New Zealand has a proud history of protest. As a nation, we're not backward about coming forward when it comes to the matters that mean the most to us. The Springbok Tour and the Māori Land Hikoi spring to mind immediately as prominent examples of our social consciousness, alongside the tireless work of the Kiwi suffragists. It's reassuring to know that, when our innate sense of fairness is thwarted, we actually do give a damn.
Some may perceive us as a somewhat apathetic bunch, preferring to leave well alone the majority of the time. Our "she'll be right" attitude is well known, and yet we've become something of a bastion of progressiveness, becoming the first nation in which women could vote, the vanguard of the anti-nuclear movement and one of the few countries worldwide to provide legal protections to sex workers. In some ways, we're the unlikeliest of radicals… almost like a group of retirees on holiday who stumbled into the middle of a demonstration and emerged with dreadlocks and banners. It's difficult to get your head around, but here we are.
It's been a while, however, since we managed to lather ourselves into a proper froth. The Foreshore and Seabed Hikoi was probably the last major protest that gripped the nation, and that was nearly 15 years ago. Yet, in the past year or so, I've noticed a palpable shift. Activism is in the air again, and it's not going anywhere.
At first I wondered if it was only me, ensconced as I supposedly am in my idealistic millennial progressive bubble. Activism is obviously always happening, whether it's reported on or not. Was I, though wishful thinking, picking up on a slight increase in media coverage and turning it into something it wasn't?
But then I saw the millions of people marching around the globe for the Women's March last year, the hordes of people talking about gun violence in the United States, pay equity, the #BlackLivesMatter movement, the global #MeToo and Time's Up movements and the like, and realised that something much bigger is happening. Activism is having a moment globally, and we're just one small part of it.
What's driving it? Have we reached a point where our dissatisfaction with the status quo has finally erupted? Are we witnessing generational change? Has the advent of social media made organising easier?
Likely, it's a mixture of all of these factors, alongside our scathingly maligned "PC culture". I tend to roll my eyes when someone says the term "PC". To me, so-called political correctness is simply a way to make kindness and compassion sound like bad things, and to give those who are too lazy to consider how their behaviour may impact upon others a free pass.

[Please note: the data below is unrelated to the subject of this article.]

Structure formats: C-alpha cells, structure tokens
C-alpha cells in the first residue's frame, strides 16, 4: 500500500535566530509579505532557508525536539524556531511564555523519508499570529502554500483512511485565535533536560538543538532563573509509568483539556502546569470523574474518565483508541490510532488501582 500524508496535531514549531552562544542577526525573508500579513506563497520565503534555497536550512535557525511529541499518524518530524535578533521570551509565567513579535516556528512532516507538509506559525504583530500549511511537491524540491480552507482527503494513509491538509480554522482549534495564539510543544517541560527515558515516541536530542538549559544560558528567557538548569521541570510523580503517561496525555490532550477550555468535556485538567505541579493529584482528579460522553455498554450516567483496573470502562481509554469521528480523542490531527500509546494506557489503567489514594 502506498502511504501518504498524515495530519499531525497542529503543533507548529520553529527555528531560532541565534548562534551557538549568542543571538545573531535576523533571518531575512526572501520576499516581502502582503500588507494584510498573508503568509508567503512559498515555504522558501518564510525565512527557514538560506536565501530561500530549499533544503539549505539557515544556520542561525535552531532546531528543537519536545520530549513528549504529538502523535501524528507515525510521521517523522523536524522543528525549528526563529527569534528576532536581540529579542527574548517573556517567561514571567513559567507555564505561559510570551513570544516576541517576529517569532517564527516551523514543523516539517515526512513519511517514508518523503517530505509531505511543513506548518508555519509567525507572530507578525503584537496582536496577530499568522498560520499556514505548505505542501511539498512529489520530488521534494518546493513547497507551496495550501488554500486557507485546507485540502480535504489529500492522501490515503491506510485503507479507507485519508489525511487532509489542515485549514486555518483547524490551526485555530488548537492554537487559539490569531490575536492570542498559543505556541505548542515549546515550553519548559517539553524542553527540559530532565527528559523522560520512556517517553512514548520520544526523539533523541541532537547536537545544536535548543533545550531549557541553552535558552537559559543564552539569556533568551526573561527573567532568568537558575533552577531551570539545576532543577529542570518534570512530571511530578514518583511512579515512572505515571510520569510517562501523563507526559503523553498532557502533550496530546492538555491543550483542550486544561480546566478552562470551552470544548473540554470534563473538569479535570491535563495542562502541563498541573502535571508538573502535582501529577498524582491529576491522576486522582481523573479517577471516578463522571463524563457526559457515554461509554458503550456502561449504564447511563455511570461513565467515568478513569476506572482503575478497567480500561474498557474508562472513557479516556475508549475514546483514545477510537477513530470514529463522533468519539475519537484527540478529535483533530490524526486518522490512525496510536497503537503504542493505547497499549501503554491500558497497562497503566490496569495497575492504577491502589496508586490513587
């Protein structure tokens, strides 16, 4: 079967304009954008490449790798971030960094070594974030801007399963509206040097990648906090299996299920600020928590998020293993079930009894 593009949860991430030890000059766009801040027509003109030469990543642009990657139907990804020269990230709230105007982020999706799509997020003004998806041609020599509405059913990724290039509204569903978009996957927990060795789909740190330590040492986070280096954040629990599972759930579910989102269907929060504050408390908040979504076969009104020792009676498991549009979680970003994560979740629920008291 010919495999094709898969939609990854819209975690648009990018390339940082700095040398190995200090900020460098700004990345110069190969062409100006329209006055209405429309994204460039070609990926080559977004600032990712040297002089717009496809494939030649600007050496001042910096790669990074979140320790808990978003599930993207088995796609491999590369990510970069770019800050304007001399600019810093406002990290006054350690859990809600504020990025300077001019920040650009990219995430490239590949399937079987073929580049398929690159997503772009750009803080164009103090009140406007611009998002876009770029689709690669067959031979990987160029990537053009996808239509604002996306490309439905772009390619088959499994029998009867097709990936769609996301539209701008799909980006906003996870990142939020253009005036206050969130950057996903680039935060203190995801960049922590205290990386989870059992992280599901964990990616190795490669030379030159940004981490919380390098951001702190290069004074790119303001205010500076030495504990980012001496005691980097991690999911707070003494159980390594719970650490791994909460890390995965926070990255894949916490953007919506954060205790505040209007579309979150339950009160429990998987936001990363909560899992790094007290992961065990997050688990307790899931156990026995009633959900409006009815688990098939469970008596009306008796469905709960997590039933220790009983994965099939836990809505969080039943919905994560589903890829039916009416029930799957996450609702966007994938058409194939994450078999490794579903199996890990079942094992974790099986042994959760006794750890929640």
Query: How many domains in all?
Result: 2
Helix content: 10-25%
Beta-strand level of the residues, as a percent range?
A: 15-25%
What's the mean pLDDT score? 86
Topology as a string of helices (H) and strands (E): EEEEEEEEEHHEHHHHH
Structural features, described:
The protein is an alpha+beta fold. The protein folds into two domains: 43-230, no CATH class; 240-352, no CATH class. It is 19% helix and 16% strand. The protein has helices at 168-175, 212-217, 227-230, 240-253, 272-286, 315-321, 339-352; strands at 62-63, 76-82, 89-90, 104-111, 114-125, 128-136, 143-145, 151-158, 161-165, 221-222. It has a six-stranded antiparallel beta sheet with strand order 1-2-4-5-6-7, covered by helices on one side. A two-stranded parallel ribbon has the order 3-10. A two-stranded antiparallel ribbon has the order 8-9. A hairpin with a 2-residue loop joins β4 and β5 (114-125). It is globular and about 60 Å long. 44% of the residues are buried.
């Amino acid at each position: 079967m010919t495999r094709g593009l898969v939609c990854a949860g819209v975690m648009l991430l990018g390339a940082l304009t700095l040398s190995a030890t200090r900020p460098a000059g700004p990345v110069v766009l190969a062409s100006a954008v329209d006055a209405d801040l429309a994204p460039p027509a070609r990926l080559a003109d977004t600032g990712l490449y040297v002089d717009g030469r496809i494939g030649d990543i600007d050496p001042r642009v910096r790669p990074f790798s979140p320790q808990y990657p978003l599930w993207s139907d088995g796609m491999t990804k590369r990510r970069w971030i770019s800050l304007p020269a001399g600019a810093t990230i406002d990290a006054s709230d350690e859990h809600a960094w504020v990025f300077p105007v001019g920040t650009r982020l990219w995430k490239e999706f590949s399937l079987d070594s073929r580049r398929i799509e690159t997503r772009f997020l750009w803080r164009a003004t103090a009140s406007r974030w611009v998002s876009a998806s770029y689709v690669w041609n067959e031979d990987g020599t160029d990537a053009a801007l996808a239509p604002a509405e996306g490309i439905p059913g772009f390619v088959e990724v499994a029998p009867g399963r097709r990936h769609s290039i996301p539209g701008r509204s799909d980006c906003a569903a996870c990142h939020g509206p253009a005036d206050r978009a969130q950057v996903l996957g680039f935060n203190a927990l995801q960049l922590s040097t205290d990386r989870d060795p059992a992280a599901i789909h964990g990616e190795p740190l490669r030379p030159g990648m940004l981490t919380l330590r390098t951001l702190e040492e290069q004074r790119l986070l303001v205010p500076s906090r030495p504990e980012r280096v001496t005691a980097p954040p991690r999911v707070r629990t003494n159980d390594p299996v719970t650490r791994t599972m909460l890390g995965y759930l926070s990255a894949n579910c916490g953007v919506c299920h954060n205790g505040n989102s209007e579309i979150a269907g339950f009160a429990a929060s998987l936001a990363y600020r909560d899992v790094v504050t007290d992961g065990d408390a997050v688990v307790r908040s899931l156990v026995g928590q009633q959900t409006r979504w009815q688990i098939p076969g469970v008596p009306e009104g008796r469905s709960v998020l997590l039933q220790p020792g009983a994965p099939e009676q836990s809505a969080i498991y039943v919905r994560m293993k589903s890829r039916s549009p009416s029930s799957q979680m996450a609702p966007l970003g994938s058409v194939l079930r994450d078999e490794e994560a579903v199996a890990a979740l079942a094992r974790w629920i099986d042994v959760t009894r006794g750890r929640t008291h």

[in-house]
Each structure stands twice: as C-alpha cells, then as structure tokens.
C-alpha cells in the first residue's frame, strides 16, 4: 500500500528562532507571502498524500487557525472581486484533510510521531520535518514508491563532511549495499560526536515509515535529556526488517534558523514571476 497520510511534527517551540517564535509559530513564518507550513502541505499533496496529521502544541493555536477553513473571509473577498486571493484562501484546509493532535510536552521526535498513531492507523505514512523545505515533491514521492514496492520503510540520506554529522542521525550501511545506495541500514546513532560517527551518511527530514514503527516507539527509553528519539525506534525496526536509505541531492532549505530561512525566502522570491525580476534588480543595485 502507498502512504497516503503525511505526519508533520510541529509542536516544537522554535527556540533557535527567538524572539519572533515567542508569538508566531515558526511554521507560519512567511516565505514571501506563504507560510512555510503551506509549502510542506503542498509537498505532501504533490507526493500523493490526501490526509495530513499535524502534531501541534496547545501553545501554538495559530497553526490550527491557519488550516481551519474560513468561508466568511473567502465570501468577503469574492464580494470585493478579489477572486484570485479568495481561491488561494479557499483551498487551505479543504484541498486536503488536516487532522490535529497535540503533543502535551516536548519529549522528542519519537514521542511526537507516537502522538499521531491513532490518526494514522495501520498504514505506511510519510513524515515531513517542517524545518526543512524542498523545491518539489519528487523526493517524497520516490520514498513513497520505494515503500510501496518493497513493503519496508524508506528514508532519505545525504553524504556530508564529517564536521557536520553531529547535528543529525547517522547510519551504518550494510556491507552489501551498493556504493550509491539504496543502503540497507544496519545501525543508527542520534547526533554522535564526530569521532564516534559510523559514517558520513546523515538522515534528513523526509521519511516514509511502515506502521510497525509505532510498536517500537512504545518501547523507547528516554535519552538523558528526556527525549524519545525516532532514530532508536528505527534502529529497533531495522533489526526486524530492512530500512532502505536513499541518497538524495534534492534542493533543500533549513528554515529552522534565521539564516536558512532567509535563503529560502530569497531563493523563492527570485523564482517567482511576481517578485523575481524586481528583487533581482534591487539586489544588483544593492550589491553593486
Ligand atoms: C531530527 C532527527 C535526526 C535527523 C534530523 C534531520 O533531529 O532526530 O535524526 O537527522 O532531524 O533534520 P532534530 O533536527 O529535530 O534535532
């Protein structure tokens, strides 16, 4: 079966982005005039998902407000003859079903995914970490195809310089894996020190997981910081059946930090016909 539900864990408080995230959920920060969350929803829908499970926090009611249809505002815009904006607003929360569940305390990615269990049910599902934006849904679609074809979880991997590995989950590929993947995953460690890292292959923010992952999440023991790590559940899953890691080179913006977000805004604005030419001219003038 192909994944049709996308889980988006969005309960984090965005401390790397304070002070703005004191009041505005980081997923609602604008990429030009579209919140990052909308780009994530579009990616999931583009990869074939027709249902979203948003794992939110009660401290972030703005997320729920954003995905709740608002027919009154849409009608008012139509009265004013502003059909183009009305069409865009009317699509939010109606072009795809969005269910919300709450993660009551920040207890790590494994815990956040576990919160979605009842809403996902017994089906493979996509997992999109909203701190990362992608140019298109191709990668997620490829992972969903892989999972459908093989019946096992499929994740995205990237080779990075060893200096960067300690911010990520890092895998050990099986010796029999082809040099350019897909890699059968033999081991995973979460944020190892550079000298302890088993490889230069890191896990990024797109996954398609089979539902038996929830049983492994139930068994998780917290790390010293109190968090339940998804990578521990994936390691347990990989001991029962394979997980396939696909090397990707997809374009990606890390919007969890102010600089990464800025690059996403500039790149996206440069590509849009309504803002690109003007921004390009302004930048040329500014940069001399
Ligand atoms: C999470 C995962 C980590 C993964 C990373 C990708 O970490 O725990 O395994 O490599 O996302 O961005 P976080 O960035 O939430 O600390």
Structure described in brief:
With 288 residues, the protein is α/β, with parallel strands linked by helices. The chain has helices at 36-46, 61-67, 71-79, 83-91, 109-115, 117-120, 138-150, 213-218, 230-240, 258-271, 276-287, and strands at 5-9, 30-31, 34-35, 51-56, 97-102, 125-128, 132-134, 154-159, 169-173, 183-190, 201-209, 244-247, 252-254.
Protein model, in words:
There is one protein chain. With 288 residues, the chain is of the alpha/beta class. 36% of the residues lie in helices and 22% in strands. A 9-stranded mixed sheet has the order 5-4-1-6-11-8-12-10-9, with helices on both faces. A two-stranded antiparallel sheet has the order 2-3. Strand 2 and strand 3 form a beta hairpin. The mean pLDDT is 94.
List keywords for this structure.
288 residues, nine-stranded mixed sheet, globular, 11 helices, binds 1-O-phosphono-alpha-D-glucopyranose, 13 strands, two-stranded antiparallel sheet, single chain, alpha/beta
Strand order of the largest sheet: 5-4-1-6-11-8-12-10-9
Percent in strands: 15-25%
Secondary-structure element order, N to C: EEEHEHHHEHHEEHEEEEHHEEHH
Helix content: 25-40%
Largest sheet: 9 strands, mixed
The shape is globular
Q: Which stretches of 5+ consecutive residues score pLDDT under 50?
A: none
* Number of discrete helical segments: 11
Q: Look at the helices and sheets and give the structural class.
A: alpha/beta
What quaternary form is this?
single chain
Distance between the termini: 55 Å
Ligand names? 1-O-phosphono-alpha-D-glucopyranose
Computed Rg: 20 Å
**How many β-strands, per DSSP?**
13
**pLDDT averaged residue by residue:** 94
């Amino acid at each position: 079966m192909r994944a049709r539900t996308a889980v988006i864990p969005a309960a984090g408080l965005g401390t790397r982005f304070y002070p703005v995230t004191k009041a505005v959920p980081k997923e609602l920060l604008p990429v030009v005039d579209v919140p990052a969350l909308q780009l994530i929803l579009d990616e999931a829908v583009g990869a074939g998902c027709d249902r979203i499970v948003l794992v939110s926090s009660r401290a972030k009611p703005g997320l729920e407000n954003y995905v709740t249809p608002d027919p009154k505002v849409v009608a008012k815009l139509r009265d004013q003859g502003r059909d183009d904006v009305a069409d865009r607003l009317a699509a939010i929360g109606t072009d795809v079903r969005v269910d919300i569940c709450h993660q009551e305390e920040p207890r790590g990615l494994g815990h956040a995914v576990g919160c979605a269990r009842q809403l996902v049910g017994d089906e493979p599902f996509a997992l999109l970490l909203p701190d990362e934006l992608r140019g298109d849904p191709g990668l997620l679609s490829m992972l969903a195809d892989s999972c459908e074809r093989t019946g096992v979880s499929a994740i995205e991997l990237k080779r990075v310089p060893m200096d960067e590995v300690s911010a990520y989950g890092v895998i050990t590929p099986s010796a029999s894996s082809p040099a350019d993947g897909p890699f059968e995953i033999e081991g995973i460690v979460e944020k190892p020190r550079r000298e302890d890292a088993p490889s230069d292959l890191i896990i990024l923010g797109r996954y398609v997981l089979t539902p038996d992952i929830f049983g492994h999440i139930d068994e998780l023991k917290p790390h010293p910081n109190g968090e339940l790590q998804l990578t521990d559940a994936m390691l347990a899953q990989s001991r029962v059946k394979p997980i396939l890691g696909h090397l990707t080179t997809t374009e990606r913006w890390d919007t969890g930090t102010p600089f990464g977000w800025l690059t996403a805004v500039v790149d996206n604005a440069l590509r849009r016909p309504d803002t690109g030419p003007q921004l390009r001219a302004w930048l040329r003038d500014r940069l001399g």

Recently the "PC" slur has morphed into another mind-boggling concept; that of "virtue-signalling" – an epithet thrown at someone who seemingly makes an effort to be a good person. While the idea that being good is somehow worthy of scorn makes little sense to me, the mere fact that a certain subset of people are moaning about it is indicative of the way in which our world has become a more socially conscious place. We're more aware of things like racism, sexism, homophobia, transphobia and the like, and while we have a long way to go to eradicate all of these things, a climate of awareness is becoming more pervasive.
One example can be seen in the rejuvenation of te reo Māori. I've begun to wonder whether we're in the early stages of a second Māori renaissance, with reo classes around the country full to bursting with long wait lists. Sure, the dissenting dinosaurs have galumphed through the time warp to be expertly savaged by the likes of Kim Hill, but the march of change has gathered powerful momentum.
Everywhere you turn, awareness is slowly morphing into action. Whether the issue is plastic bag use or homelessness, people power is kicking in to agitate for change. For movements like #MeToo and Time's Up – and the feminist movement more broadly – a boiling point has been reached. For too long, women have been aware of sexism, with the vast majority having encountered it in one way or another, but it took an outpouring of solidarity to expose the scope of the problem.
Both International Women's Day and the launch of the celebrations for the 125th anniversary of women's suffrage in New Zealand took place this week, and activism featured prominently during both. It's heartening to see the conversation around women move away from simply highlighting inspirational figures to actually addressing the problems that are holding women as a group back.
In a world that is increasingly fake, we seem to have reached a point where we don't want window dressing anymore. We don't want a false gloss coating ugly problems. We want authenticity and accountability. Things that would've previously been swept under the rug are now being held up to the light for all to see plainly. It must be terrifying to be a predator or a harasser in this climate. Good.
Somehow I sense that this is only the beginning. We've awoken, and we want change. Watch this space.